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They say bread is the staff of life … or should that be beer? There’s a theory that agriculture developed in order for societies to grow enough wheat and barley not so that they could bake bread, but make beer.
The earliest known recipe is for beer – the famous Hymn to Ninkasi. In ancient Egypt, bread and beer were staples of the diet for rich and poor alike. Some archaeologists even go so far as to say that beer played a fundamental part in the formation of civilisation. At any rate, bread and beer are two sides of the same coin.
Both are made from yeast and grain and both are fermented (in the case of sourdough bread). According to Garrett Oliver in The Brewmaster’s Table, all ancient brewing started with the making of bread and the words ‘brewing’ and ‘bread’ are even linguistically related.
So why not get the best of both worlds and use beer directly in bread? The next time you make bread – or even pizza dough – try replacing half of the liquid with beer. The malt in the beer will lend a slightly nutty flavour and it will give a good colour to the bread too, like in a stout brown bread. Just remember that the stronger the flavour of the beer, the stronger the flavour of the bread.
A quick, easy, basic beer bread is a great way to start experimenting with bread and beer. This cheddar, chive and ale bread is fantastic as part of a ploughman’s lunch, alongside a hearty bowl of soup or toasted and served with a fried egg on top.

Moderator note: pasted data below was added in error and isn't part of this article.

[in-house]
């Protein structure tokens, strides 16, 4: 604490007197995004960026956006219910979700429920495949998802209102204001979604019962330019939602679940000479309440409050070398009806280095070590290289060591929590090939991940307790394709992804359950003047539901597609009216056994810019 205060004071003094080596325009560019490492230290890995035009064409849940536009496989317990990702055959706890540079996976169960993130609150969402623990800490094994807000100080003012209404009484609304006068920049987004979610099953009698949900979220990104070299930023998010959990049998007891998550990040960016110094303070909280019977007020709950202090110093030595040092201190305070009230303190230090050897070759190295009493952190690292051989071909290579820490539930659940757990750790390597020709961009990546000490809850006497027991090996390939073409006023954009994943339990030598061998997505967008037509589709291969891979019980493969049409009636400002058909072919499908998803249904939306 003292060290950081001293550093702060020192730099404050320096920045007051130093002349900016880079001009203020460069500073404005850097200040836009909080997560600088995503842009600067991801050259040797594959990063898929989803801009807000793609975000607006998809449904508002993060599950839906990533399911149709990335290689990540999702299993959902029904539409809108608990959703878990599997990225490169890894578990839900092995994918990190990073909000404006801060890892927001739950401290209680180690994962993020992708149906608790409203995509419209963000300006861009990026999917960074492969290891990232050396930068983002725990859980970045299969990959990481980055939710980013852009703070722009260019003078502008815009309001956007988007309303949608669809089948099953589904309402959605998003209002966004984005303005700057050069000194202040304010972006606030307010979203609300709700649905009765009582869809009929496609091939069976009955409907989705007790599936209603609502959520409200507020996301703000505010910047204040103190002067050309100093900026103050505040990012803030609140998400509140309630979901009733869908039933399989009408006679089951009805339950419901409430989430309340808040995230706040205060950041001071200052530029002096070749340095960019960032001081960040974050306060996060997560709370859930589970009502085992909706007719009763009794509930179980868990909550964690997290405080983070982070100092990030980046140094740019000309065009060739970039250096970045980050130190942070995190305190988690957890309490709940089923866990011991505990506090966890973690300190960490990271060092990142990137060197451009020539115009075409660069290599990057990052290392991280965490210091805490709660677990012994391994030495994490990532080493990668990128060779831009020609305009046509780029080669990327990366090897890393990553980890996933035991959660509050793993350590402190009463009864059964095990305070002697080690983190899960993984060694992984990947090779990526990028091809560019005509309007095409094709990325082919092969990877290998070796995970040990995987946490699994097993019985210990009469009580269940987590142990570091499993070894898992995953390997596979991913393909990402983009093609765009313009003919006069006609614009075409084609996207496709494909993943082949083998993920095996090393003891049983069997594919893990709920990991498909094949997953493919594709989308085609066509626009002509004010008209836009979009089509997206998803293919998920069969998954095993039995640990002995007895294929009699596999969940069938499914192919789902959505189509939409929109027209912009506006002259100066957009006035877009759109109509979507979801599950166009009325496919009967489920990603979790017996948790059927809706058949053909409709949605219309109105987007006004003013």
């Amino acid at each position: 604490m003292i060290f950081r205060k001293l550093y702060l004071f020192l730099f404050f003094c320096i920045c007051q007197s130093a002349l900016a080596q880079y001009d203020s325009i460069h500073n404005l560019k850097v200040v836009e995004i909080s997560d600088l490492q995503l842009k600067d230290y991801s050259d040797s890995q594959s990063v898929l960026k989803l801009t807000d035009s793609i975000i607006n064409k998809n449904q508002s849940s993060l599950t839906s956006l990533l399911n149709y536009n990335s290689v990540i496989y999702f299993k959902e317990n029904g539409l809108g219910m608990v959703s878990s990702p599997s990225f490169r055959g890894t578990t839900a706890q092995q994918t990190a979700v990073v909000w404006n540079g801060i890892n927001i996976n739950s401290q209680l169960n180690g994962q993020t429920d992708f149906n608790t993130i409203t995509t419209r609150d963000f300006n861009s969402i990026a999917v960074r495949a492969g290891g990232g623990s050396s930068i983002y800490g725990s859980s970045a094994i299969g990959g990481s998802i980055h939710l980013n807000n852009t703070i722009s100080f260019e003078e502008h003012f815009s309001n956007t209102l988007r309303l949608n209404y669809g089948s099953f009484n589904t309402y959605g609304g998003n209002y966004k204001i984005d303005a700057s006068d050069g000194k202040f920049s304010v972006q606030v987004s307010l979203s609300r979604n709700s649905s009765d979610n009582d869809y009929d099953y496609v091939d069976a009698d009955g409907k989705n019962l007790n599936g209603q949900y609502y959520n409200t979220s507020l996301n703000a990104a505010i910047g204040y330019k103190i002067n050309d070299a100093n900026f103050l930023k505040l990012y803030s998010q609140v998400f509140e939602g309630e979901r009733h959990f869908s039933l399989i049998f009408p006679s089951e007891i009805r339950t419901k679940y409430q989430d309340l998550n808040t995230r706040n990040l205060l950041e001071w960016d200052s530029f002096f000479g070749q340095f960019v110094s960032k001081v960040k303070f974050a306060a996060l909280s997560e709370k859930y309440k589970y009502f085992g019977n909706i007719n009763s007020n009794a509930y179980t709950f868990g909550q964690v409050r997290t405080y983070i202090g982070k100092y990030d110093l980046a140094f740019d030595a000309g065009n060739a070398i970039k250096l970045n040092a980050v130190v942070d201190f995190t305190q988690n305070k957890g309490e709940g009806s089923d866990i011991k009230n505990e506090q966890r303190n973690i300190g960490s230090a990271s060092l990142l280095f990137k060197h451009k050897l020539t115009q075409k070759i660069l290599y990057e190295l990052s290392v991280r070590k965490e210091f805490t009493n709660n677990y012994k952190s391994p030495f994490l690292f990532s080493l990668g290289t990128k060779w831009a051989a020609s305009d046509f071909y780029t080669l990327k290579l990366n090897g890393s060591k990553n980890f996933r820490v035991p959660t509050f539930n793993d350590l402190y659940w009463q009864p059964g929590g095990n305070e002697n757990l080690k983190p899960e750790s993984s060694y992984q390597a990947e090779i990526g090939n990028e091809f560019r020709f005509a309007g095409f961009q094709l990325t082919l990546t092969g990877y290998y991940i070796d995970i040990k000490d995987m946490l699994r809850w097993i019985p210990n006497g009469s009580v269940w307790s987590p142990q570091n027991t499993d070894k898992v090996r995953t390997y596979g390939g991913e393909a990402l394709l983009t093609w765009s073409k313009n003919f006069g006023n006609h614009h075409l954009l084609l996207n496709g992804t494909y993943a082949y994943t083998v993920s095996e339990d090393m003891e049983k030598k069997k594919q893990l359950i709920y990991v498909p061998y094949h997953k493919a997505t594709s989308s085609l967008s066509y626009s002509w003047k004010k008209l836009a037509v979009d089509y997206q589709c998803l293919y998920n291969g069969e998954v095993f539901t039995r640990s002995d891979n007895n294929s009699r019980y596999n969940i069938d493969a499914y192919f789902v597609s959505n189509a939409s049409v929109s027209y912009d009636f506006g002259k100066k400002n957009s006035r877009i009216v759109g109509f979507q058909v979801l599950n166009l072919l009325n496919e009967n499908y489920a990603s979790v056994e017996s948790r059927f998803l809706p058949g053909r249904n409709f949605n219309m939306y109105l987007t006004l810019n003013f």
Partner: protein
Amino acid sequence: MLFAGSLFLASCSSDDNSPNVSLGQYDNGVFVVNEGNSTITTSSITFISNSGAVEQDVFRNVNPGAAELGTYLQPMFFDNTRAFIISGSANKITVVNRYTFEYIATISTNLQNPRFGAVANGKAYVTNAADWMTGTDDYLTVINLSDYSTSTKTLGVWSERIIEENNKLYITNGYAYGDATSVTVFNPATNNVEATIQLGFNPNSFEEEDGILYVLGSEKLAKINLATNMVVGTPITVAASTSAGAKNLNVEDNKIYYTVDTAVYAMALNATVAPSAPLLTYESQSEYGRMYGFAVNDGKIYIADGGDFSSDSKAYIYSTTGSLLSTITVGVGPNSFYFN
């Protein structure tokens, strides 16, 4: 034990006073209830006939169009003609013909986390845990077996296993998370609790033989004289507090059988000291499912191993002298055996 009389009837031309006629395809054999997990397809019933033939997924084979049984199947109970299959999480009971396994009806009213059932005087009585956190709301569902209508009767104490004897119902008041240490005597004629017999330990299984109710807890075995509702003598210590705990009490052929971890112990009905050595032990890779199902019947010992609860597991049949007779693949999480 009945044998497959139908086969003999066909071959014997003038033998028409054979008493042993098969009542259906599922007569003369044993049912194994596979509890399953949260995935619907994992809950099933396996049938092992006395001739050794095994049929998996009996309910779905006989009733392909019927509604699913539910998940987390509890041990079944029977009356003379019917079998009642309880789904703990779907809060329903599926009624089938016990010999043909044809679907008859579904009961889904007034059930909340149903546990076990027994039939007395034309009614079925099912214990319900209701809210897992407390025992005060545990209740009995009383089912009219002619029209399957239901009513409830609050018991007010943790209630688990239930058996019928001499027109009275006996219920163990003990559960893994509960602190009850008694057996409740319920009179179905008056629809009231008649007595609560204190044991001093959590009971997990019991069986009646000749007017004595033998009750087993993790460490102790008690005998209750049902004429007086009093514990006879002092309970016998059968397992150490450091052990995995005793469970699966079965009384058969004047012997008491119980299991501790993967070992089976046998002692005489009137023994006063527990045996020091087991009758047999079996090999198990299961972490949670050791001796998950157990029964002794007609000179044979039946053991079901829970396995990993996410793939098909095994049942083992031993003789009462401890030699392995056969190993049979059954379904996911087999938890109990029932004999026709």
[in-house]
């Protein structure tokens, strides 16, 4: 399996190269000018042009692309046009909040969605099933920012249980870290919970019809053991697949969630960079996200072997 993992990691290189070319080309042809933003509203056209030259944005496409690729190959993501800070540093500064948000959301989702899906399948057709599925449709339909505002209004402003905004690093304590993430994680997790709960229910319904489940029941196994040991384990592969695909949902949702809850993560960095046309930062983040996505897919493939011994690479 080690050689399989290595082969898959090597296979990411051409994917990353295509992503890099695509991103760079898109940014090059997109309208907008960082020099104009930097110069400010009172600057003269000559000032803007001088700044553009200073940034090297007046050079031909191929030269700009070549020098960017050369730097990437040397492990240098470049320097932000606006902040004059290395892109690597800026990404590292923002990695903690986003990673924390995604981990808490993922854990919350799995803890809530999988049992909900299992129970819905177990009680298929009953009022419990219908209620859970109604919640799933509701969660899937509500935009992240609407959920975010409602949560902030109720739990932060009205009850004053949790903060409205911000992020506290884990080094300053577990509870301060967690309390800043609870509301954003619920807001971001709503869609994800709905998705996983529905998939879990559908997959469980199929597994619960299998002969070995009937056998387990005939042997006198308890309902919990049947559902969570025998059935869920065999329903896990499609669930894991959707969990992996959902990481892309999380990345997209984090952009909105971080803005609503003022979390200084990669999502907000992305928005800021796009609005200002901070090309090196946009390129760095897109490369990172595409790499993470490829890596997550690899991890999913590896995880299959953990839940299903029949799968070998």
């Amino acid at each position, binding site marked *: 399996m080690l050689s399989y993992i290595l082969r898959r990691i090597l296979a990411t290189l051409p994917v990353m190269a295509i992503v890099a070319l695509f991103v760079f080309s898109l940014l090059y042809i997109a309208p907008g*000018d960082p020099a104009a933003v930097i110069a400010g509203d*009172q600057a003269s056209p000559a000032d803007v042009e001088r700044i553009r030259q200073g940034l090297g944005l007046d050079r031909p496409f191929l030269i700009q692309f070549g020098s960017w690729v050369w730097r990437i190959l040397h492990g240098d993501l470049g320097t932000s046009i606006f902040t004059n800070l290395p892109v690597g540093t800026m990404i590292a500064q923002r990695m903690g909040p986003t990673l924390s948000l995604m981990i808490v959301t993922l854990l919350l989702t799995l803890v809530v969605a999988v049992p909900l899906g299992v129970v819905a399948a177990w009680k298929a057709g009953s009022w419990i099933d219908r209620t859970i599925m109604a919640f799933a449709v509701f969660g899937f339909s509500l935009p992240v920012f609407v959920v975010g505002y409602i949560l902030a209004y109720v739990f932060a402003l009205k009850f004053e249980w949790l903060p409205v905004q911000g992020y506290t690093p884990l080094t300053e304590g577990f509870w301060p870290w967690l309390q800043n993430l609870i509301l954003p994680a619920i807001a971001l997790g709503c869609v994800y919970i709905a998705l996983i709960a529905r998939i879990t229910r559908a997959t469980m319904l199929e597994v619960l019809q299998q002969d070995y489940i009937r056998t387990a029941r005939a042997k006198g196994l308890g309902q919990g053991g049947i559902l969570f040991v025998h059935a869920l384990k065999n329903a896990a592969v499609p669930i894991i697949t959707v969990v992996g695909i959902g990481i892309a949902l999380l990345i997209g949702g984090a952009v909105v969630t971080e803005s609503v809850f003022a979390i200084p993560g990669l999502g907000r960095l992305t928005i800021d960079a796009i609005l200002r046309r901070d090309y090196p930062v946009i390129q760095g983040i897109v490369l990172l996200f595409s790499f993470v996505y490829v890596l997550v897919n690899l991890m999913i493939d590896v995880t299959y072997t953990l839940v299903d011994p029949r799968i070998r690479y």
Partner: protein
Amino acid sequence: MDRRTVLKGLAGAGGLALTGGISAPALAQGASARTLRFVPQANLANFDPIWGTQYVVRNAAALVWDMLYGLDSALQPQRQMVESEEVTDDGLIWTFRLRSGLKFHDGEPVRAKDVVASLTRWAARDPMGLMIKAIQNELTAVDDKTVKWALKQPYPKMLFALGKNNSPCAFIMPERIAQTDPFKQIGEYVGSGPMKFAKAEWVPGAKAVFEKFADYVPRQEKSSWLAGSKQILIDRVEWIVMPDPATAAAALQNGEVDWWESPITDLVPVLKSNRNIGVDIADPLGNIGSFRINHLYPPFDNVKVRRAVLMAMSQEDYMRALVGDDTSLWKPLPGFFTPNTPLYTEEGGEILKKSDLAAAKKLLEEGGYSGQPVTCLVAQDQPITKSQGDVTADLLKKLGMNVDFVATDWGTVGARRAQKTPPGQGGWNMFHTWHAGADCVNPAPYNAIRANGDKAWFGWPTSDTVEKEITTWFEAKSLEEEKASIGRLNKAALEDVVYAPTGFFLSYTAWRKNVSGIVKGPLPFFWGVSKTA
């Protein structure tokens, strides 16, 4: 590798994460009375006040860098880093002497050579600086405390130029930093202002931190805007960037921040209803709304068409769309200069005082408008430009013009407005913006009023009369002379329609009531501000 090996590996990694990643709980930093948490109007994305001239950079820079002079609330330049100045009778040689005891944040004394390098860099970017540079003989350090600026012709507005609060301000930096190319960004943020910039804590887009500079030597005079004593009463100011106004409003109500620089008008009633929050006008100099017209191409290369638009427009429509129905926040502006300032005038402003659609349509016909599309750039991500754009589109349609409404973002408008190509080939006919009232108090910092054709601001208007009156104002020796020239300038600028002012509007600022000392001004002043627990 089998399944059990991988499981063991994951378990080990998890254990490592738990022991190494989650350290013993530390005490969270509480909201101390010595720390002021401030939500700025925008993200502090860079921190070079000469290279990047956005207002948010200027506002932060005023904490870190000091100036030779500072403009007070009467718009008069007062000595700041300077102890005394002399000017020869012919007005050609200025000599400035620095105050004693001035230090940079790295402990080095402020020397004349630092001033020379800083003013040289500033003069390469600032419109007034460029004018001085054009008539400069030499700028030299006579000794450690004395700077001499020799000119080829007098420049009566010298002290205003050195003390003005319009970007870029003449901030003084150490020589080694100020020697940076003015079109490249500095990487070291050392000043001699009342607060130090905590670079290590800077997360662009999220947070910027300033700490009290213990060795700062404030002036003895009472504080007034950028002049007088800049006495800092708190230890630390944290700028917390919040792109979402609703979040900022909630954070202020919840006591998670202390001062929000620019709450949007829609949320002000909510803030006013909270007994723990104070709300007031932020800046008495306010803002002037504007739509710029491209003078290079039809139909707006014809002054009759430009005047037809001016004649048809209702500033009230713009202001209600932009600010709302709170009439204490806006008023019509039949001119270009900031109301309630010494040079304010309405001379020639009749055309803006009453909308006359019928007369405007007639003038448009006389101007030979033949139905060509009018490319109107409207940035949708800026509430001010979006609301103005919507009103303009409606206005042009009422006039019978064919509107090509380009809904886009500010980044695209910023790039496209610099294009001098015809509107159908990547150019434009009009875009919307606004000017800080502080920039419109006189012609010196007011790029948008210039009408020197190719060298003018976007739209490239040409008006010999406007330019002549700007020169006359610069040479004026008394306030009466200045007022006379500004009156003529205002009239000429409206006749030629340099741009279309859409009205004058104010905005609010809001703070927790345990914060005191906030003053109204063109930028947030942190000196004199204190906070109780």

The basic recipe is 300g of self-rising flour and 350ml of beer, so play around with different add-ins (chopped crispy bacon immediately springs to mind), cheeses, herbs and types of beers.
Cheddar, Chive and Ale Bread
Makes 1 loaf
300g self-rising flour
125g mature cheddar, grated
2 tablespoons finely chopped chives
1/4 teaspoon salt
freshly ground black pepper
Preheat the oven to 190°C. Grease or line a 1 lb loaf tin.
Put the flour, cheddar, chives, salt and a generous grinding of black pepper in a large bowl and stir well to combine. Pour in the beer and mix well.
Pour the batter into the loaf tin and crack over another grinding of black pepper and a pinch of flaky sea salt if you have it.
Bake in the oven for 50–55 minutes, until the bread is cooked through and it sounds hollow when you tap it. Turn the bread out of the tin and place it back in the oven, directly on the oven rack, for 5 minutes.
Cool on a wire rack for at least 1 hour before you slice it.
Kristin Jensen is a freelance editor specialising in cookery and food books and has worked with many of Ireland's top food writers and chefs. She writes the Edible Ireland blog and is a co-founder of the Irish Food Bloggers Association